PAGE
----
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he remembered how he had determined to break away from the woman at
Sydney, and to explain to her, as he might then have done without
injustice, that they two could be of no service the one to the other,
and that they had better part. It seemed now, as he looked back, to have
been so easy for him then to have avoided danger, so easy to have kept a
straight course! But now, - now, surely he would be overwhelmed.

And then how easy it would have been, had he been more careful at the
beginning of these troubles, to have bought these wretches off! He had
been, he now acknowledged, too peremptory in his first refusal to refund
a portion of the money to Crinkett. The application had, indeed, been
made without those proofs as to the condition of the mine which had
since reached him, and he had distrusted Crinkett. Crinkett he had known
to be a man not to be trusted. But yet, even after receiving the letter
from Euphemia Smith, the matter might have been arranged. When he had
first become assured that the new Polyeuka Company had failed, he should
have made an offer, even though Euphemia Smith had then commenced her
threats. With skill, might he not have done it on this very day? Might
he not have made the man understand that if he would base his claim
simply on his losses, and make it openly on that ground, then his claim
should be considered? But now it was too late, and the thunderbolt had

What must he do first? Robert Bolton had promised to tell him on the
morrow whether he would act for him as his lawyer. He felt sure now that
his brother-in-law would not do so; but it would be necessary that he
should have an answer, and that necessity would give him an excuse for
going into Cambridge and showing himself among the Boltons. Let his
sufferings or his fears be what they might, he would never confess to
the world that he suffered or that he was frightened, by shutting
himself up. He would be seen about Cambridge, walking openly, as though
no reports, no rumours, had been spread about concerning him. He would
go to the houses of his wife's relations until he should be told that he
was not welcome.

'John,' his wife said to him that night, 'bear it like a man.'

'Am I not bearing it like a man?'

'It is crushing your very heart. I see it in your eyes.'

'Can you bear it?' He asked his question with a stern voice; but as he
asked it he turned to her and kissed her.

'Yes,' she said, 'yes. While I have you with me, and baby, I can bear
anything. While you will tell me everything that happens, I will bear
everything. And, John, when you were out just now, and when I am alone
and trying to pray, I told myself that I ought not to be unhappy; for I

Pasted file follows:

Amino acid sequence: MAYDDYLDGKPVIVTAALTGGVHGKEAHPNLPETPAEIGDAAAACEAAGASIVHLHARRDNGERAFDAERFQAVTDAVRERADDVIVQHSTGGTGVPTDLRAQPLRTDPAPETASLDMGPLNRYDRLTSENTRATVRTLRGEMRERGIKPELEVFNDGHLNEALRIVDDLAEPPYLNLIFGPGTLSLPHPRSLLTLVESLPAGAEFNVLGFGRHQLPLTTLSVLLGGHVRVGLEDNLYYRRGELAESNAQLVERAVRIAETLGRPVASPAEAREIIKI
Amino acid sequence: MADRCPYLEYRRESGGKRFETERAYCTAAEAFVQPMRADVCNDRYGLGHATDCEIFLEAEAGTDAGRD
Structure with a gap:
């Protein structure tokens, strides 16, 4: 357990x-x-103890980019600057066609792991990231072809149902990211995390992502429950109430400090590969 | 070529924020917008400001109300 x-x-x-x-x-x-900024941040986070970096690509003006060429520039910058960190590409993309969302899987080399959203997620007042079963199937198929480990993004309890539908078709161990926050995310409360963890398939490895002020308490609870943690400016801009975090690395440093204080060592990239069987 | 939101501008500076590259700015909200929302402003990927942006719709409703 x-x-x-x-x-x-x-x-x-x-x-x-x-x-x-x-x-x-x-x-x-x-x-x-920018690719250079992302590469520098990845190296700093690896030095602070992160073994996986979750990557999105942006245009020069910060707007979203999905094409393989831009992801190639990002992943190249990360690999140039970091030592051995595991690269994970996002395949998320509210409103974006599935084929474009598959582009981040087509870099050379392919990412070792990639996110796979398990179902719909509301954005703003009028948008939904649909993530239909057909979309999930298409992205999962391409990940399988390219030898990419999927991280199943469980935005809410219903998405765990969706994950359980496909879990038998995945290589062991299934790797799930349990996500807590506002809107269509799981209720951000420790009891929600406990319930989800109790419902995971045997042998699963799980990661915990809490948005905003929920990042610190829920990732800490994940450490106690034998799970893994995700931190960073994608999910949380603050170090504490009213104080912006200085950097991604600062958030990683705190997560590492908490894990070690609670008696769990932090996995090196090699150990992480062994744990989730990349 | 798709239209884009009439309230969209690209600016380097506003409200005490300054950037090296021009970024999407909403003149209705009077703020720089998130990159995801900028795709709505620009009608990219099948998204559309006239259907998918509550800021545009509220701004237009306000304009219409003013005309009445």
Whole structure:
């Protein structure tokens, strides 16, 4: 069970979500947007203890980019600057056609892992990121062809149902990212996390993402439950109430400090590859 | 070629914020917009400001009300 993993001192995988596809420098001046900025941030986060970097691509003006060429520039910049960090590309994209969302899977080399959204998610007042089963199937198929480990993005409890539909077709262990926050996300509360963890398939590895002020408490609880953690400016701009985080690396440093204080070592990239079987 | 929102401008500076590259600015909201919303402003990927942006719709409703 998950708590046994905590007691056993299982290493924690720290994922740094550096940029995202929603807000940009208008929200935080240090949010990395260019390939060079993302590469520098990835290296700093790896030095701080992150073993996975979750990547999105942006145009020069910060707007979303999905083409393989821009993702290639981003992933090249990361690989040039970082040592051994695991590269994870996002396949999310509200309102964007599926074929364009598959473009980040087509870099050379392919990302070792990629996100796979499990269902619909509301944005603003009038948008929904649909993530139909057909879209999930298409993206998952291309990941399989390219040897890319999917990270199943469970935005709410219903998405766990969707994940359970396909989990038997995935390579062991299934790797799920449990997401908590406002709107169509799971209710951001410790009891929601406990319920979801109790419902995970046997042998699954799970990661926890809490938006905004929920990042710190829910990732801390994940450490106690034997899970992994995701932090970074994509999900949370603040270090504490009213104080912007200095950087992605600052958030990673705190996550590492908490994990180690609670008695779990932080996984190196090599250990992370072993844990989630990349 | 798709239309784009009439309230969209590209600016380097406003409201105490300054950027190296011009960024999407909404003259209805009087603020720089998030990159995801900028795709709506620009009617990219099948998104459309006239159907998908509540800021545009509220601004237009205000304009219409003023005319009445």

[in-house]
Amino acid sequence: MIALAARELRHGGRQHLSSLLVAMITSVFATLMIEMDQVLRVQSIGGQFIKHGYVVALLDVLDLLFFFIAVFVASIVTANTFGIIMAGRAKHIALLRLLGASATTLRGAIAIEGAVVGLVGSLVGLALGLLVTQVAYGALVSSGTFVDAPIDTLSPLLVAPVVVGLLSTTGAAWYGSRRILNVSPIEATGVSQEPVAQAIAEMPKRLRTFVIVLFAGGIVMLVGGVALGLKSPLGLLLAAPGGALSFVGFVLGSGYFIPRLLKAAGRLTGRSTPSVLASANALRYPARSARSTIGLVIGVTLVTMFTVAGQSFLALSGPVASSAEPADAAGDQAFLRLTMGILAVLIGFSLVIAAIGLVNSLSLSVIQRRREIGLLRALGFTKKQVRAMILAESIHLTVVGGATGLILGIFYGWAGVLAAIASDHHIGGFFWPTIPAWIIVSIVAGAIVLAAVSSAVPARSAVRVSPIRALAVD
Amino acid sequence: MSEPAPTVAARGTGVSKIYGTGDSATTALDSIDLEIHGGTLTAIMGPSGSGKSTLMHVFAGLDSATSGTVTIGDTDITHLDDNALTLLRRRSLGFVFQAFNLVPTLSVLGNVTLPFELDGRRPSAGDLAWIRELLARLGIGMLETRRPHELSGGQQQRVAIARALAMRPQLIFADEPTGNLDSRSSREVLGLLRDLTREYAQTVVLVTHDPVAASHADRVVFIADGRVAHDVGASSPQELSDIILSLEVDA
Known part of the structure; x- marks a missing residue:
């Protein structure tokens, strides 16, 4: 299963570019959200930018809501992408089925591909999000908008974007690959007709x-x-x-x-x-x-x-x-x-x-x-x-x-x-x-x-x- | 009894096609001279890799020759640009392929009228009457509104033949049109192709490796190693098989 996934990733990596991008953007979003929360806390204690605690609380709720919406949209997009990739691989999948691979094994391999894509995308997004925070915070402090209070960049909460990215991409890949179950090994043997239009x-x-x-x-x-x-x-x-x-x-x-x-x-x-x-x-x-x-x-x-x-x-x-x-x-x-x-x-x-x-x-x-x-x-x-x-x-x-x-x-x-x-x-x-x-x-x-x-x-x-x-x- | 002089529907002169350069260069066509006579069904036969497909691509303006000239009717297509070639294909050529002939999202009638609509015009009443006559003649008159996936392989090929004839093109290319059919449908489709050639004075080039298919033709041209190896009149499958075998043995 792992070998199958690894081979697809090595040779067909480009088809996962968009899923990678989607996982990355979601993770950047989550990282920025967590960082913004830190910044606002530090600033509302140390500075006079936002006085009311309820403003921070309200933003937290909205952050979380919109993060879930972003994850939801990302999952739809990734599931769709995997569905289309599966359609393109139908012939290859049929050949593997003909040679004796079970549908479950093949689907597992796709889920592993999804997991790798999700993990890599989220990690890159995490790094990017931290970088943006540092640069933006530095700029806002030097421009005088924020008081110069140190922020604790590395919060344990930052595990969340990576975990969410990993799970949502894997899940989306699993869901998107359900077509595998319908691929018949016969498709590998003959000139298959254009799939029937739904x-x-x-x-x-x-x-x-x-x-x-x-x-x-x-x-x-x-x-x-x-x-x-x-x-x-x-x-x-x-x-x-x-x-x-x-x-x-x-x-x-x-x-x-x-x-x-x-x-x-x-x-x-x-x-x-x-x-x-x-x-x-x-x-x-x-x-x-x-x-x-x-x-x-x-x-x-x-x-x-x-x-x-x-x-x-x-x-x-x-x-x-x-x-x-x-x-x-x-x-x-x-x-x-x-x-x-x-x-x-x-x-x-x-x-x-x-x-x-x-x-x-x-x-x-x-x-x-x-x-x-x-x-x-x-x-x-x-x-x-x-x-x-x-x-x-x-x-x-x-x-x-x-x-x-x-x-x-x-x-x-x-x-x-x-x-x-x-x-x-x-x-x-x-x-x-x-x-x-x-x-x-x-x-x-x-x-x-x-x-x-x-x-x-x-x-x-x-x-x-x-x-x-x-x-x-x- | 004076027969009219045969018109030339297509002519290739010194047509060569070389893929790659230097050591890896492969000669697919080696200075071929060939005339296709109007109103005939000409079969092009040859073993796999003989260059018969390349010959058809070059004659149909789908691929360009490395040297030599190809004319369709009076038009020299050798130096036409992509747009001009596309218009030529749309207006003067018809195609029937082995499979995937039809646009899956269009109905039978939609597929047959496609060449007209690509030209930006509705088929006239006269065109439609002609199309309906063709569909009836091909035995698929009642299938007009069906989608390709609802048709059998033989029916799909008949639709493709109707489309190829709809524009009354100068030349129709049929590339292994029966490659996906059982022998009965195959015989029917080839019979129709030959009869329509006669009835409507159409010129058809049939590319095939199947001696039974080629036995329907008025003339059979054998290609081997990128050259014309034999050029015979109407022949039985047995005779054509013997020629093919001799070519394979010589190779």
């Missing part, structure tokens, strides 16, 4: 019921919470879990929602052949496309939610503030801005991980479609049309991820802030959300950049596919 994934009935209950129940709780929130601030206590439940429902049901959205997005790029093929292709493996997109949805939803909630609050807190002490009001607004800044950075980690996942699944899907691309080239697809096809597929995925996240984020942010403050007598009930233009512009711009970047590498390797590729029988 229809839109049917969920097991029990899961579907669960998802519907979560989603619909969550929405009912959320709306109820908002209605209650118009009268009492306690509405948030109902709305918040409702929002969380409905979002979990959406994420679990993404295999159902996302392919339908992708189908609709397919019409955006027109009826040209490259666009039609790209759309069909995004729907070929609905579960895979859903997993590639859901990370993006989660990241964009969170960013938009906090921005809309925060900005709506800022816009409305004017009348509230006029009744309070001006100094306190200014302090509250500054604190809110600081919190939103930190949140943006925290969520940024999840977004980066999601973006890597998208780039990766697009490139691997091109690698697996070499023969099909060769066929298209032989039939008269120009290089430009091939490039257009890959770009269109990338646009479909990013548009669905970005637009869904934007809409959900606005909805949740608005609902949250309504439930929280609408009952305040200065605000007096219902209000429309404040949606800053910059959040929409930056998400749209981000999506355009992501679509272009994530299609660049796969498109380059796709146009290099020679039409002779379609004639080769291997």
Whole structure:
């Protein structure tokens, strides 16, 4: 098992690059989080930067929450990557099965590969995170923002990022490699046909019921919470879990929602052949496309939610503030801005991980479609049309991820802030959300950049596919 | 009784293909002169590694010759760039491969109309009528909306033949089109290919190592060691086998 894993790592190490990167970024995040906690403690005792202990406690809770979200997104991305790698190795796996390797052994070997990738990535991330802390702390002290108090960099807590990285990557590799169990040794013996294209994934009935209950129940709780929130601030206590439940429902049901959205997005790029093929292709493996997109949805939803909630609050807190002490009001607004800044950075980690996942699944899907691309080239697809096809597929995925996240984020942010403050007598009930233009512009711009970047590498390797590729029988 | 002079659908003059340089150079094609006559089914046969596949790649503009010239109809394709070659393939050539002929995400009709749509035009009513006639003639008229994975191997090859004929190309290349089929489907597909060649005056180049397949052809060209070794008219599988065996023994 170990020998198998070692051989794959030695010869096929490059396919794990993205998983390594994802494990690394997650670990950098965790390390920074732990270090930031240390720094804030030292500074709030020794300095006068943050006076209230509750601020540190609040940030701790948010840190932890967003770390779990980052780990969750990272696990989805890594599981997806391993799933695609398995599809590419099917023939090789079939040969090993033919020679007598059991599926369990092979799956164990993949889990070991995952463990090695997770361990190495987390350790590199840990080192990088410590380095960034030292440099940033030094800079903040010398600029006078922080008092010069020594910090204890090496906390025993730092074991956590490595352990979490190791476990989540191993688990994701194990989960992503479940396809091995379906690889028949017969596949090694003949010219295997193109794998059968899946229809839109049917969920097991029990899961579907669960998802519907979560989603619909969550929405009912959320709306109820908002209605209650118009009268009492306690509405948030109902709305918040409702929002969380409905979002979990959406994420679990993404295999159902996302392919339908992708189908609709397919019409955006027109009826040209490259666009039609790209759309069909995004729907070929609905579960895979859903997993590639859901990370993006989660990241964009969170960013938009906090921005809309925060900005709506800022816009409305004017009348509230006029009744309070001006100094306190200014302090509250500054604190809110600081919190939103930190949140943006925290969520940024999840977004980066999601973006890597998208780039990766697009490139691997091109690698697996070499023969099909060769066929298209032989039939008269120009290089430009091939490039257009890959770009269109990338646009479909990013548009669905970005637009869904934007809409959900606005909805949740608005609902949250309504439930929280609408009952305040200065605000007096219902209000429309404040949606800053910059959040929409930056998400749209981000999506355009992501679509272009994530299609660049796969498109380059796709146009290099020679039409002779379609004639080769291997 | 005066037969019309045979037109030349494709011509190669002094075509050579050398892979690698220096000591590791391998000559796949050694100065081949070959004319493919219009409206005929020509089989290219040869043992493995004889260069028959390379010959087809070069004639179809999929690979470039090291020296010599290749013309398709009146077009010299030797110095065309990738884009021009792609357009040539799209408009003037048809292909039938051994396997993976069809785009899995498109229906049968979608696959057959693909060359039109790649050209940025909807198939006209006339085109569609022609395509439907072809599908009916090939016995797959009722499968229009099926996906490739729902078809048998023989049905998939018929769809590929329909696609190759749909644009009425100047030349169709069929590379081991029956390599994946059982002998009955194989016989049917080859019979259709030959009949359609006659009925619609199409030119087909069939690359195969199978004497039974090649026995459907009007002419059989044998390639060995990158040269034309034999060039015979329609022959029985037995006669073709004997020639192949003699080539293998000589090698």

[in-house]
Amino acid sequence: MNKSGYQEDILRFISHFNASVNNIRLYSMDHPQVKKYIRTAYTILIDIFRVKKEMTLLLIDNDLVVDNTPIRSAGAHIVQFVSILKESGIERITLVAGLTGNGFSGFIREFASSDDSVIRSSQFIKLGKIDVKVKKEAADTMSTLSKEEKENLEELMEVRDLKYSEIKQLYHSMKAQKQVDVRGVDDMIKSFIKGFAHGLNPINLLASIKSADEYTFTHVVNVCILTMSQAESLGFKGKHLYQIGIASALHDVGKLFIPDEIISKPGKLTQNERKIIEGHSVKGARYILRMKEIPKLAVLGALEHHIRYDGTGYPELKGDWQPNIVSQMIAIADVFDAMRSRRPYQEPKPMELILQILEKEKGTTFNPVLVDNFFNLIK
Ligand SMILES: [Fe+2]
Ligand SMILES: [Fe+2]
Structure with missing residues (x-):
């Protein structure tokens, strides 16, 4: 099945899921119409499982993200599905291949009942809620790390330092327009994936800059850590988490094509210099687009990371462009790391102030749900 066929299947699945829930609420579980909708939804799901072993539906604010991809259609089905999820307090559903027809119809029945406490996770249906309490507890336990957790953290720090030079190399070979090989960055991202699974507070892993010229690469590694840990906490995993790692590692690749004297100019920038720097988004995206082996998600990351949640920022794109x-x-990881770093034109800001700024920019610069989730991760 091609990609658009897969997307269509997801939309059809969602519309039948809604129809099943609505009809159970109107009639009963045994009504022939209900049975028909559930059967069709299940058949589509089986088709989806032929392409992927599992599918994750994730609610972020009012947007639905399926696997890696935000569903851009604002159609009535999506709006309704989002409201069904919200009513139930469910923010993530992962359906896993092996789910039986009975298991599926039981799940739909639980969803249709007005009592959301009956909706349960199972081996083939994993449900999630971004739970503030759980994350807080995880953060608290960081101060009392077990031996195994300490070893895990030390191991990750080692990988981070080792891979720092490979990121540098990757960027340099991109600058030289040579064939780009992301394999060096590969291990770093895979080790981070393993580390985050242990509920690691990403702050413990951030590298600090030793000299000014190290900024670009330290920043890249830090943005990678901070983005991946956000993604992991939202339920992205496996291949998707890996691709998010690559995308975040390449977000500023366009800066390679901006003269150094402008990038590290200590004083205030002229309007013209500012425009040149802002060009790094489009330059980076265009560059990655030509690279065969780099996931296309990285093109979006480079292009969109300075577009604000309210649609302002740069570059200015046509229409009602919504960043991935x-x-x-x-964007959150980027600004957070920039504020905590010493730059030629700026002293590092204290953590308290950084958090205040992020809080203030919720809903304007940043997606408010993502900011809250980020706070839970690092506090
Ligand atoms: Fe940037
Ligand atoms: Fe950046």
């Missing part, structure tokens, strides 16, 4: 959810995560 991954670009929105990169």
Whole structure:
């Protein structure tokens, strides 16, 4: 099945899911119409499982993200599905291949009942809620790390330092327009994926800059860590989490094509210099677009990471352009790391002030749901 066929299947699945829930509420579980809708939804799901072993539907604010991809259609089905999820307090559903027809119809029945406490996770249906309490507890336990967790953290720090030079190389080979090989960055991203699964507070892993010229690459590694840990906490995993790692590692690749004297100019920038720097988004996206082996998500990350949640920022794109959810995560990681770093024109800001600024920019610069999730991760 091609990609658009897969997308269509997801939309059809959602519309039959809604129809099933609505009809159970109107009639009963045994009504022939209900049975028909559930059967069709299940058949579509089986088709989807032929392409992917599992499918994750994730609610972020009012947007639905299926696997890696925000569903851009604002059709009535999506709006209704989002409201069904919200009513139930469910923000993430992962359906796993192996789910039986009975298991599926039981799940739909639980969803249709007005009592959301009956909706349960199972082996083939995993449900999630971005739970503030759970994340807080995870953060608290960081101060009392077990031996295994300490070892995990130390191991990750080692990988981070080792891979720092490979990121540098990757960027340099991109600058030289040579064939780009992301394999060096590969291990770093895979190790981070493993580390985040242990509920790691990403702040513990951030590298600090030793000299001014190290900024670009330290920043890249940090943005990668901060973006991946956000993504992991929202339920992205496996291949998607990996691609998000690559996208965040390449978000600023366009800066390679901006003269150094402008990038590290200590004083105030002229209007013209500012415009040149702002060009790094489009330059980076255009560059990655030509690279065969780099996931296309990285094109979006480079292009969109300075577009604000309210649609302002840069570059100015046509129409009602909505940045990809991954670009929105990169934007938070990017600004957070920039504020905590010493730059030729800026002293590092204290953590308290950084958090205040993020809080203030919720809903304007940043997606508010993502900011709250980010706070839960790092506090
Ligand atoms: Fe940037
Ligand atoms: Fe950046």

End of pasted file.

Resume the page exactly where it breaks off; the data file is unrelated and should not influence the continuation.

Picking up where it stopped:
would sooner have you and baby and all these troubles, than be back at
Chesterton - without you.'

'I wish you were back there. I wish you had never seen me.'

'If you say that, then I shall be crushed.'

'For your sake, my darling; for your sake, - for your sake! How shall I
comfort you when all those around you are saying that you are not my

'By telling me that I am,' she said, coming and kneeling at his feet,
and looking up into his face. 'If you say so, you may be sure that I
shall believe no one who says the contrary.'

It was thus, and only now, that he began to know the real nature of the
woman whom he had succeeded in making his own, and of whom he found now
that even her own friends would attempt to rob him. 'I will bear it,' he
said, as he embraced her. 'I will bear it, if I can, like a man.'

'Oh, ma'am! those men were saying horrid things,' her nurse said to her
that night.

'Yes; very horrid things. I know it all. It is part of a wicked plot to
rob Mr. Caldigate of his money. It is astonishing the wickedness that
people will contrive. It is very very sad. I don't know how long it may
be before Mr. Caldigate can prove it all.'

'But he can prove it all, ma'am?'

'Of course he can. The truth can always be proved at last. I trust there
will be no one about the place to doubt him. If there were such a one, I
would not speak to him, - though it were my own father; though it were my
own mother.' Then she took the baby in her arms, as though fearing that
the nurse herself might not be loyal.

'I don't think there will be any as knows master, will be wrong enough
for that,' said the nurse, understanding what was expected of her. After
that, but not quite readily, the baby was once more trusted to her.

On the following morning Caldigate rode into the town, and as he put his
horse up at the inn, he felt that the very ostler had heard the story.
As he walked along the street, it seemed to him that everyone he met
knew all about it. Robert Bolton would, of course, have heard it; but
nevertheless he walked boldly into the attorney's office. His fault at
the time was in being too bold in manner, in carrying himself somewhat